u know my take
    dont dig talking heads
    i say
    work hard and dont complain

     

  6. http://theprisonerswife.blogspot.com/2008/07/black-in-america.html?showComment=1217205840000#c3780516432071158930'> Sunday, July 27, 2008 5:44:00 PM

    Cap: i think we will have to agree to disagree about offering incentives to kids. i think over time, the kids will work hard to get the incentives, but will also gain intrinsic motivation. i mean, hoping kids are motivated to learn just for the hell of it, doesn't work. i look at my students and no matter how enthusiastic i am about my content, or how much of a show i put on for them, many (mostly black boys) just aren't interested. they don't see how studying books and novels can help them in the real world. if they were offered an incentive (scholarships? cash at the end of the semester, something) then maybe that would at least GET them interested and open, and give them the opportunity to see the things that learning provides.

     

  7. CapCity Said,
    http://theprisonerswife.blogspot.com/2008/07/black-in-america.html?showComment=1217301360000#c5658676243356883310'> Monday, July 28, 2008 8:16:00 PM

    Sis, u're right, everybody's experience ain't mine - I can dig that. I'm not a Black Man, after all:-). Maybe the scholarship - if that's an incentive to continue learning ... but straight cash that gets blown on nothingness - would be a waste. I just continue to pray for this generation... tha's all I know how to do...

     

  8. Tamra Said,
    http://theprisonerswife.blogspot.com/2008/07/black-in-america.html?showComment=1217335980000#c1409050844806134467'> Tuesday, July 29, 2008 5:53:00 AM

    My comment'll have to be quick too. I'd said I wasn't going to, but I ended up watching a little myself and I had some thoughts from it too.

    One of those is, I, too, agree with offering kids incentives to stay in and do well in school. Heck, if it works, and it gets "at risk" kids excited, I'm all for it--I think we need to try *everything*--so many things haven't worked. I'm sure there are a myriad of kinks to be worked out of such an effort as Fryer mentioned, but, that comes with time. Band-aid fix for other issues? --To a certain extent yes. But, better to have kids doing well in and being excited about school while the other gunk is going on too. Heck, the achievement of the kids themselves might be catalysts for change at home...

    You responded on-point to the comment about our girls keeping their legs closed, but, I have to stand up and say, too, that the situation is SO much deeper than blocking access. Reducing it to "keeping their legs closed" is just--I don't even have a word for it. Lacking empathy for/understanding of a whole lot of things, maybe?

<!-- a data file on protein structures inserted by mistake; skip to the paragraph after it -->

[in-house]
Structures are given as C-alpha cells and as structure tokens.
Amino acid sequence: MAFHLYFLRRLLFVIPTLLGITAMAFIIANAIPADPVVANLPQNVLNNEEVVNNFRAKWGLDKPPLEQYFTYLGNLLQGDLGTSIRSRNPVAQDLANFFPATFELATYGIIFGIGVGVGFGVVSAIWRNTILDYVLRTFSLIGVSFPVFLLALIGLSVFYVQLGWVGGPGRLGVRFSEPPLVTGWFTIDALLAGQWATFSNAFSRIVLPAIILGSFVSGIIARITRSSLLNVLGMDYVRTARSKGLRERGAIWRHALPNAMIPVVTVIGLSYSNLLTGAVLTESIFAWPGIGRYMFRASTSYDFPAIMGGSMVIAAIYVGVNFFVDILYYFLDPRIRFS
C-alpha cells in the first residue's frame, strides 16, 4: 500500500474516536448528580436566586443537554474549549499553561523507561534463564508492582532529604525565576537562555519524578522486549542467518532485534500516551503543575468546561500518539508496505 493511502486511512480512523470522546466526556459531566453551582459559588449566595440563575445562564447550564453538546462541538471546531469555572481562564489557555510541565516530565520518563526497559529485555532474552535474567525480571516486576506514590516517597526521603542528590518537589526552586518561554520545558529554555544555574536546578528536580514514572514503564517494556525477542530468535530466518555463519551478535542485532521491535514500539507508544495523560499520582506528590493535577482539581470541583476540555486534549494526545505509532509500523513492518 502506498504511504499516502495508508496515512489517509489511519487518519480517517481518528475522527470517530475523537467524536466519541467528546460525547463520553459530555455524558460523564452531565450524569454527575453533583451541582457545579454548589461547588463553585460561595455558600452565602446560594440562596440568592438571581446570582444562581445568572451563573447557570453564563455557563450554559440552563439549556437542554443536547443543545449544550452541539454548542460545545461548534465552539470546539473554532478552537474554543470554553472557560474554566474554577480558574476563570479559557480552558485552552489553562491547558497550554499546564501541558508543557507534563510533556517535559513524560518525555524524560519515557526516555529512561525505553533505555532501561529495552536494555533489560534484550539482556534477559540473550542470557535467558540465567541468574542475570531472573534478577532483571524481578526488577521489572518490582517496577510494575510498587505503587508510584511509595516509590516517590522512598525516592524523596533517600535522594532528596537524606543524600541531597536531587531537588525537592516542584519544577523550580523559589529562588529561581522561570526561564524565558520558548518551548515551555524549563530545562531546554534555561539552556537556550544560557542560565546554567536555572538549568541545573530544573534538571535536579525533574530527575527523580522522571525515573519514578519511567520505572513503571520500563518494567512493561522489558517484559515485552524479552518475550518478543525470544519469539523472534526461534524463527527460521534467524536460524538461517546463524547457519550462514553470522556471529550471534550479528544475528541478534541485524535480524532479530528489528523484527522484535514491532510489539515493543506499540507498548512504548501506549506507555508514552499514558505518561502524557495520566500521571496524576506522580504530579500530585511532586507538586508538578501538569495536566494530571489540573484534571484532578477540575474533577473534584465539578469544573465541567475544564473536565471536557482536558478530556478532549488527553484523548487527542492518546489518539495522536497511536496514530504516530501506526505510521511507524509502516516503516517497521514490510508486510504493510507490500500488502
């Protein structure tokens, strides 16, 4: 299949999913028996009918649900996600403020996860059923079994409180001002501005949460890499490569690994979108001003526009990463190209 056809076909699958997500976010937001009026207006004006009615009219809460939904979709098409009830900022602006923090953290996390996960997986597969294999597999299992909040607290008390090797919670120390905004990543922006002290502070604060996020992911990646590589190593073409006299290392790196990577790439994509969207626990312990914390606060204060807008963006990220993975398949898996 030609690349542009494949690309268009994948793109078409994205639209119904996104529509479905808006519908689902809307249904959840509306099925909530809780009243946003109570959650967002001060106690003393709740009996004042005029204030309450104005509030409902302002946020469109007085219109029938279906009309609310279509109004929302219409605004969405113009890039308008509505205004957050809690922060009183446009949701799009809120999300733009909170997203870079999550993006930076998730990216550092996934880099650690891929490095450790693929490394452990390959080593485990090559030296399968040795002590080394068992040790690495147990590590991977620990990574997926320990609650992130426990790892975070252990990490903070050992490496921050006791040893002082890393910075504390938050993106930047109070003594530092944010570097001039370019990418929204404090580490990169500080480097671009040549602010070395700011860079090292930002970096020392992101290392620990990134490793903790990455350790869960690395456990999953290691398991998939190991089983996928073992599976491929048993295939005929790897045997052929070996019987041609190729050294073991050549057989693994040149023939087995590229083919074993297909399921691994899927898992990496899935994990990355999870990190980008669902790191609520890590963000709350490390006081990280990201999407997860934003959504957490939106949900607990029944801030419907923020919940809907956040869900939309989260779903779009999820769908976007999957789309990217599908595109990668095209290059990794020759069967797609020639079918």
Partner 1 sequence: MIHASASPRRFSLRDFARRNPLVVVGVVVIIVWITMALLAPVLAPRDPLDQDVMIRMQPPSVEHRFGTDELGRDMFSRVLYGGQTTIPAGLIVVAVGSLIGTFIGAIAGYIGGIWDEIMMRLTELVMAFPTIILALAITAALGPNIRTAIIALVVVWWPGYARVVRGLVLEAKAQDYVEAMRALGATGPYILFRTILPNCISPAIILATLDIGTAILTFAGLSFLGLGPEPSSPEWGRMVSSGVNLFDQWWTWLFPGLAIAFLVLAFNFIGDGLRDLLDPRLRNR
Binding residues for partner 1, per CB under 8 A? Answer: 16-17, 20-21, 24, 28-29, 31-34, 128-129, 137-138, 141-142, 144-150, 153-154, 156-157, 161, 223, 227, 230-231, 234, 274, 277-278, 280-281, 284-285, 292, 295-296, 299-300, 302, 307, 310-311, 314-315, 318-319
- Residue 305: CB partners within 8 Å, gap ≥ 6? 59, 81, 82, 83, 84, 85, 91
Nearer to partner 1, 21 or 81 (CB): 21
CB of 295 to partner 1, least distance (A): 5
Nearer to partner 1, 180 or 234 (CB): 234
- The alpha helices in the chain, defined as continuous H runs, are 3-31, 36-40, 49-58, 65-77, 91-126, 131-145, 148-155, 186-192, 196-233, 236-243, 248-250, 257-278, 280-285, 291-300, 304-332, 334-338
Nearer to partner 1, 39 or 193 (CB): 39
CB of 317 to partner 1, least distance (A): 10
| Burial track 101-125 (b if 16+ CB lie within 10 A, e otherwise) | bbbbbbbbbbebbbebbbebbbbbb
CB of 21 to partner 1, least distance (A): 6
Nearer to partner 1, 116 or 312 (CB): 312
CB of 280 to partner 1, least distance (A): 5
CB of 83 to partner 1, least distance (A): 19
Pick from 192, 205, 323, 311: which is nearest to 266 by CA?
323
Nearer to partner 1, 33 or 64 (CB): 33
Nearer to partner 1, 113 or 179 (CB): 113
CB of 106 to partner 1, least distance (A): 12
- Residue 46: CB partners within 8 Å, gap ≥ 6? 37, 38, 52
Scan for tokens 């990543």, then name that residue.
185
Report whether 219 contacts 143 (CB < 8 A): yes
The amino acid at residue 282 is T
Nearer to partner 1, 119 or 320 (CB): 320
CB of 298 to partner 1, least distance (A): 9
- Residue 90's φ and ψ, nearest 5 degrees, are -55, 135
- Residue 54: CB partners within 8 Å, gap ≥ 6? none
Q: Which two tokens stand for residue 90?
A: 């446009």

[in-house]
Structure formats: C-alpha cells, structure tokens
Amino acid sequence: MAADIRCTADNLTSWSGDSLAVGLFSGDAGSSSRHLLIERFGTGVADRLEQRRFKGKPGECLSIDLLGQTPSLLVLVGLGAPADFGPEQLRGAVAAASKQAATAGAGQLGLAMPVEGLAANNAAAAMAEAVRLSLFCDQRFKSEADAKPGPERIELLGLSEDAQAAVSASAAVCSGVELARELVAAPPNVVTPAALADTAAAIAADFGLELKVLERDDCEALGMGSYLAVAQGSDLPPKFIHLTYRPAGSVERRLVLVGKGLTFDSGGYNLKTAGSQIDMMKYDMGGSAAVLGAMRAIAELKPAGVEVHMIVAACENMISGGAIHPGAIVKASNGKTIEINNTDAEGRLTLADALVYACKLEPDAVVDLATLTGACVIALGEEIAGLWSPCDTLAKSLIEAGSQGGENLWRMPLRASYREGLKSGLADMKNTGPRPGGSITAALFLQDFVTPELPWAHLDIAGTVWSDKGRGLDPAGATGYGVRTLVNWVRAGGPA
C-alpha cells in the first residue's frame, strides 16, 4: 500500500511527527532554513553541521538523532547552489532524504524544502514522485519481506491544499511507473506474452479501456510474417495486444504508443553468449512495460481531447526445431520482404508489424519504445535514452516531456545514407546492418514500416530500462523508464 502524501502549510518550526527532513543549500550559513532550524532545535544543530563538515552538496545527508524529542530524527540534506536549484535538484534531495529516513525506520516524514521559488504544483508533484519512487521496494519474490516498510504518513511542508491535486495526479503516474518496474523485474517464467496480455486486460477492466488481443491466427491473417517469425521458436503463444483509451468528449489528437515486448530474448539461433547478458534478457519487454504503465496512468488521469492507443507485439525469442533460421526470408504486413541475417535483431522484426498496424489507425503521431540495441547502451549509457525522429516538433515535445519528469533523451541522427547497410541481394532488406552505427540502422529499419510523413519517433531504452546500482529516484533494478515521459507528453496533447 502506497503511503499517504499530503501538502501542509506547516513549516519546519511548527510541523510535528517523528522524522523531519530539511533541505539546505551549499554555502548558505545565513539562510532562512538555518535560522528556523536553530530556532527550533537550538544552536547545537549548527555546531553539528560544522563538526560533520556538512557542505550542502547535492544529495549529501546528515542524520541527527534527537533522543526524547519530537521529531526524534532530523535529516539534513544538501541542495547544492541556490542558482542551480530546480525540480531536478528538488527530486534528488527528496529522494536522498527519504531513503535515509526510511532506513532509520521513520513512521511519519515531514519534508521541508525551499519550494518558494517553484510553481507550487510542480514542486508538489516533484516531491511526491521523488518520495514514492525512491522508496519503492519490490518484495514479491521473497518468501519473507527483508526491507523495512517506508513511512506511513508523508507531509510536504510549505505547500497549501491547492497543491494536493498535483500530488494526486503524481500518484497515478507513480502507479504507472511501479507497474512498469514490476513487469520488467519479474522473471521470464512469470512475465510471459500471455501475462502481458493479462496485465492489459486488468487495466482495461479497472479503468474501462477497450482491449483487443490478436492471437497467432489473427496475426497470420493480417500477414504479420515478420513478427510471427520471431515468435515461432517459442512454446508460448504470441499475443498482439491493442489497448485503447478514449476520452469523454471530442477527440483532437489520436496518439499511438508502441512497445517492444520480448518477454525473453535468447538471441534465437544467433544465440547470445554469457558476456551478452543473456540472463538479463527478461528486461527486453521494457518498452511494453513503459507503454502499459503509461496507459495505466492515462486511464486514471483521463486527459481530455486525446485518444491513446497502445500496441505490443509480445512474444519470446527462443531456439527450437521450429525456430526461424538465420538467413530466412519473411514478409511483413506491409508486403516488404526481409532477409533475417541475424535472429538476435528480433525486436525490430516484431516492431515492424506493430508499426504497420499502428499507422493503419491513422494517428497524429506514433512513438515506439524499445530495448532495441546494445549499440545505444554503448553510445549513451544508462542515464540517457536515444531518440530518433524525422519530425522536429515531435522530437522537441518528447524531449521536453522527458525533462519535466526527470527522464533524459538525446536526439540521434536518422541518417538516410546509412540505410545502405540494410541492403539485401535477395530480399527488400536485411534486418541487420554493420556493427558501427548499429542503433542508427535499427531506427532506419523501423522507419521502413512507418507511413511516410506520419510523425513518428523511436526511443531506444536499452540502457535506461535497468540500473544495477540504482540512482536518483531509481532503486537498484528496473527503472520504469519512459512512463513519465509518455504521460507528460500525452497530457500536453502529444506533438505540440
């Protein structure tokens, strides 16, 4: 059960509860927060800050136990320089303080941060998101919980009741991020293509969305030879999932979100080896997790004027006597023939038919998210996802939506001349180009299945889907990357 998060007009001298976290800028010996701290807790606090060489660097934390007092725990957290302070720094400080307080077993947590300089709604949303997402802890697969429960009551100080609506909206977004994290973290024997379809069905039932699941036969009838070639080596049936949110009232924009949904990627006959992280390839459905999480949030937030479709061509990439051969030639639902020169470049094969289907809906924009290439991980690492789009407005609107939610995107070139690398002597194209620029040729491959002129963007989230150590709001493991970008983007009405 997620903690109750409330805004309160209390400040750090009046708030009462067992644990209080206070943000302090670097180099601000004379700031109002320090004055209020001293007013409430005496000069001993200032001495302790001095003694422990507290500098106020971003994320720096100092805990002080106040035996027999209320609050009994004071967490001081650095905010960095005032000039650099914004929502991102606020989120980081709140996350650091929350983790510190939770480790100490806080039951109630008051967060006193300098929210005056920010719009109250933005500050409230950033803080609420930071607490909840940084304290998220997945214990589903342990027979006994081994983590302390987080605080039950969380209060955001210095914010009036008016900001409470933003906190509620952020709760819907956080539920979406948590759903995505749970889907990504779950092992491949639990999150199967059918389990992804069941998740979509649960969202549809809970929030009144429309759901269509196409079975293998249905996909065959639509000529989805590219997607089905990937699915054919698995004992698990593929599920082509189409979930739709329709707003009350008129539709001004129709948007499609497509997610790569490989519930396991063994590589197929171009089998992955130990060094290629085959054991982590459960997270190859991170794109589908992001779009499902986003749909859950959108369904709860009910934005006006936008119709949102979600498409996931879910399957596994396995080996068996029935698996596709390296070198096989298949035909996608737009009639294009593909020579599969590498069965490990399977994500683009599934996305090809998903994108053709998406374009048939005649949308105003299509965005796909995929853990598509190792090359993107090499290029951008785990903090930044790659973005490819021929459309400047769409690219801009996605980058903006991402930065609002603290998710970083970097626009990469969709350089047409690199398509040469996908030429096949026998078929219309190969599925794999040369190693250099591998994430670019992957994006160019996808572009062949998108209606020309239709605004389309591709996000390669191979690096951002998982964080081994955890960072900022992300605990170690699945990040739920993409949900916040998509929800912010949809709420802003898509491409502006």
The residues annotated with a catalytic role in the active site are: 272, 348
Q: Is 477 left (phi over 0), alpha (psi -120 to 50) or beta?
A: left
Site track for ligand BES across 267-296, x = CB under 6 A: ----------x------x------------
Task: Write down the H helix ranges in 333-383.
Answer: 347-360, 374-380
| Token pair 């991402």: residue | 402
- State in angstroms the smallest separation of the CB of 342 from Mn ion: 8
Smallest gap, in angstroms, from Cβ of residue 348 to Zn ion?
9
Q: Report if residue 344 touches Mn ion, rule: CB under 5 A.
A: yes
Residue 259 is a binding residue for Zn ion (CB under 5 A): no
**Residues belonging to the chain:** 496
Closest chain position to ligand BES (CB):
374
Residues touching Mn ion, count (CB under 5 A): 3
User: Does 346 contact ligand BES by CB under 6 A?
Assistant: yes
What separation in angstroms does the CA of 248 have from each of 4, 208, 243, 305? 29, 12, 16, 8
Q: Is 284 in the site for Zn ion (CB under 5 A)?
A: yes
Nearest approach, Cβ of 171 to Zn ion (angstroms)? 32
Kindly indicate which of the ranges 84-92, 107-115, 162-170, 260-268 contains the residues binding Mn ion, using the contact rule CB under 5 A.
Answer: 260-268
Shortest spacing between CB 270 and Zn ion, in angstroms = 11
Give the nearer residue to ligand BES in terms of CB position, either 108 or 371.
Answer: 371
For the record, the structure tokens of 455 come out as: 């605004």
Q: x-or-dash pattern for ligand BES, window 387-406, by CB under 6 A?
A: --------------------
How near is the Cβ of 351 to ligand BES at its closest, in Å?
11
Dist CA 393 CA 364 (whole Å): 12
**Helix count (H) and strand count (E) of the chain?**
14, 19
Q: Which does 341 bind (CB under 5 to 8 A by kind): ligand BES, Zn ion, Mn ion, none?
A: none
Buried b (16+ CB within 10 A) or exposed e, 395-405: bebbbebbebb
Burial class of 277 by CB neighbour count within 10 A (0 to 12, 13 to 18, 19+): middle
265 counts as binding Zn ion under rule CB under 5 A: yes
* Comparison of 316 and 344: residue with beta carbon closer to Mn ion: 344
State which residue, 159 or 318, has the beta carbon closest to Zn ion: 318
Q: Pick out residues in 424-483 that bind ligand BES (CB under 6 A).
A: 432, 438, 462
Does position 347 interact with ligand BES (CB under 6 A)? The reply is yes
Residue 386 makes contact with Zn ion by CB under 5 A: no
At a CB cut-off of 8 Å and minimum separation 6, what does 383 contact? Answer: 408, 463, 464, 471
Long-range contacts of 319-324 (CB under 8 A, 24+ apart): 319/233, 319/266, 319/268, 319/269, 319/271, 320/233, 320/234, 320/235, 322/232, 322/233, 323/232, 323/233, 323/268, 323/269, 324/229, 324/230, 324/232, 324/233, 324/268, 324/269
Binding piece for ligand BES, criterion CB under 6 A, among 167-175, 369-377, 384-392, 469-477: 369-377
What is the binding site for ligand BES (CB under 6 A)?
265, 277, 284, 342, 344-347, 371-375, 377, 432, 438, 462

There are a ton of issues at work in those situations--lack of self-esteem, messed up family lives, lack of positive role models, generational perpetuation of the same among family members--the list goes on. And, like you said, telling the girls to "keep their legs closed" seems to put the responsibility completely on them, which is not fair. As they say, it takes two to tango.

    I haven't finished watching all of the doc, but I thought it was pretty interesting too. --I initially thought it would be much more gimmicky than it was, and I was impressed to see that it was not. Some things about it annoyed me, but, hey--that's life. Funny thing is that I've heard a lot of front-end criticism from people who haven't even seen it.

    Glad you're having such a good week!

     

  9. Tamra Said,
    http://theprisonerswife.blogspot.com/2008/07/black-in-america.html?showComment=1217361600000#c4484423728782223705'> Tuesday, July 29, 2008 1:00:00 PM

    I have my thoughts on the church-related discussions (or lack thereof) about AIDS and I'll not go there at the moment.

    Instead, I thought about your post after I saw this this afternoon...

    (sorry, I'm too lazy to insert the hyperlink tags)
    http://uk.reuters.com/article/healthNewsMolt/idUKN2934368420080729

     

  10. Lovebabz Said,
    http://theprisonerswife.blogspot.com/2008/07/black-in-america.html?showComment=1217372760000#c5319379878841861249'> Tuesday, July 29, 2008 4:06:00 PM

    I didn't watch the series. I appreciate the effort I think. But it doesn't do anything toward solutions. Those of us who are well educated know what time it is. Those that aren't know what time it is. I ahve 4 children we adopted out of the foster-care system. It is a heinous system that ought to bring shame on us all. I have been affluent and had folks working in my home. I have been poor and scrambling. That is the experience of living in America. God, Bad, or indifferent.

    I applaud your care and concern about this issue. I sense you feel strongly about this. As an educator you see first hand what kids and their families are up against. It is at best daunting. (sigh)

    I remain hopeful and prayful!

     

  11. http://theprisonerswife.blogspot.com/2008/07/black-in-america.html?showComment=1217375100000#c7261694370371319093'> Tuesday, July 29, 2008 4:45:00 PM

    Tamra: yeah, it was a decent documentary, nothing earth-shattering, but it was nice to see an exploration of US, by an African-American journalist. i felt it was rushed, but i know tv has its constraints. thanks so much for the link. keep the resources coming, sis!

    lovebabz: welcome back from atl! i'm sure the foster care system is a mess. a large portion of my students are in foster care & some of their "parents" don't even give them the time of day. it's sad & they are angry. it's a struggle, and yet we can't afford to stop fighting.